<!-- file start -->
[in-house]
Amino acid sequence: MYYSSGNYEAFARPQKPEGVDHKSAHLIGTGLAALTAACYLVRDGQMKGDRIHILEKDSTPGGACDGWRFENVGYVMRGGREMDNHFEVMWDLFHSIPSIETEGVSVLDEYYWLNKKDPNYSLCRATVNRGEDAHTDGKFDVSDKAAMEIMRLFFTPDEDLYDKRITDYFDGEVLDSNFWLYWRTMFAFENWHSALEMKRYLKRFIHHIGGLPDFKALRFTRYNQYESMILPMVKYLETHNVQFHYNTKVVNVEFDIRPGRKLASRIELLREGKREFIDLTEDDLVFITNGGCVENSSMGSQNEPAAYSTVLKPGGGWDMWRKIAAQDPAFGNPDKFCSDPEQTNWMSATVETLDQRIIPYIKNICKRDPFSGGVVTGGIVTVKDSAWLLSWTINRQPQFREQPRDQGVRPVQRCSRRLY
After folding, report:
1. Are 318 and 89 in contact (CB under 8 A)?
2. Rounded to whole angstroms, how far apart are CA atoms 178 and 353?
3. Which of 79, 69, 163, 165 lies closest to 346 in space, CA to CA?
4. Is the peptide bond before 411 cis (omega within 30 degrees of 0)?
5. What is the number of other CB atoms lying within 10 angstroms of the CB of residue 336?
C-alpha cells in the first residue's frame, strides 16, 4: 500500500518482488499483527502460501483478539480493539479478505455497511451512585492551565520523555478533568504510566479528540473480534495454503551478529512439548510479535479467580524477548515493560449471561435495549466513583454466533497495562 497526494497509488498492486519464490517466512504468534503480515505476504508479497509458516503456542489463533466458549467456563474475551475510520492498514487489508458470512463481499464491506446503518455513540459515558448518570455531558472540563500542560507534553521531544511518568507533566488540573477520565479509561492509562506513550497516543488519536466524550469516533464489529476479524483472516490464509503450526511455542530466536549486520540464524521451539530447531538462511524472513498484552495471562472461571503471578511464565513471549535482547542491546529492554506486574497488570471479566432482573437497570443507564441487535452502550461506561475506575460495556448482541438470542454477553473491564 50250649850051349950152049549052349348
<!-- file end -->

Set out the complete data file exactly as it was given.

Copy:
[in-house]
Amino acid sequence: MYYSSGNYEAFARPQKPEGVDHKSAHLIGTGLAALTAACYLVRDGQMKGDRIHILEKDSTPGGACDGWRFENVGYVMRGGREMDNHFEVMWDLFHSIPSIETEGVSVLDEYYWLNKKDPNYSLCRATVNRGEDAHTDGKFDVSDKAAMEIMRLFFTPDEDLYDKRITDYFDGEVLDSNFWLYWRTMFAFENWHSALEMKRYLKRFIHHIGGLPDFKALRFTRYNQYESMILPMVKYLETHNVQFHYNTKVVNVEFDIRPGRKLASRIELLREGKREFIDLTEDDLVFITNGGCVENSSMGSQNEPAAYSTVLKPGGGWDMWRKIAAQDPAFGNPDKFCSDPEQTNWMSATVETLDQRIIPYIKNICKRDPFSGGVVTGGIVTVKDSAWLLSWTINRQPQFREQPRDQGVRPVQRCSRRLY
After folding, report:
1. Are 318 and 89 in contact (CB under 8 A)?
2. Rounded to whole angstroms, how far apart are CA atoms 178 and 353?
3. Which of 79, 69, 163, 165 lies closest to 346 in space, CA to CA?
4. Is the peptide bond before 411 cis (omega within 30 degrees of 0)?
5. What is the number of other CB atoms lying within 10 angstroms of the CB of residue 336?
C-alpha cells in the first residue's frame, strides 16, 4: 500500500518482488499483527502460501483478539480493539479478505455497511451512585492551565520523555478533568504510566479528540473480534495454503551478529512439548510479535479467580524477548515493560449471561435495549466513583454466533497495562 497526494497509488498492486519464490517466512504468534503480515505476504508479497509458516503456542489463533466458549467456563474475551475510520492498514487489508458470512463481499464491506446503518455513540459515558448518570455531558472540563500542560507534553521531544511518568507533566488540573477520565479509561492509562506513550497516543488519536466524550469516533464489529476479524483472516490464509503450526511455542530466536549486520540464524521451539530447531538462511524472513498484552495471562472461571503471578511464565513471549535482547542491546529492554506486574497488570471479566432482573437497570443507564441487535452502550461506561475506575460495556448482541438470542454477553473491564 50250649850051349950152049549052349348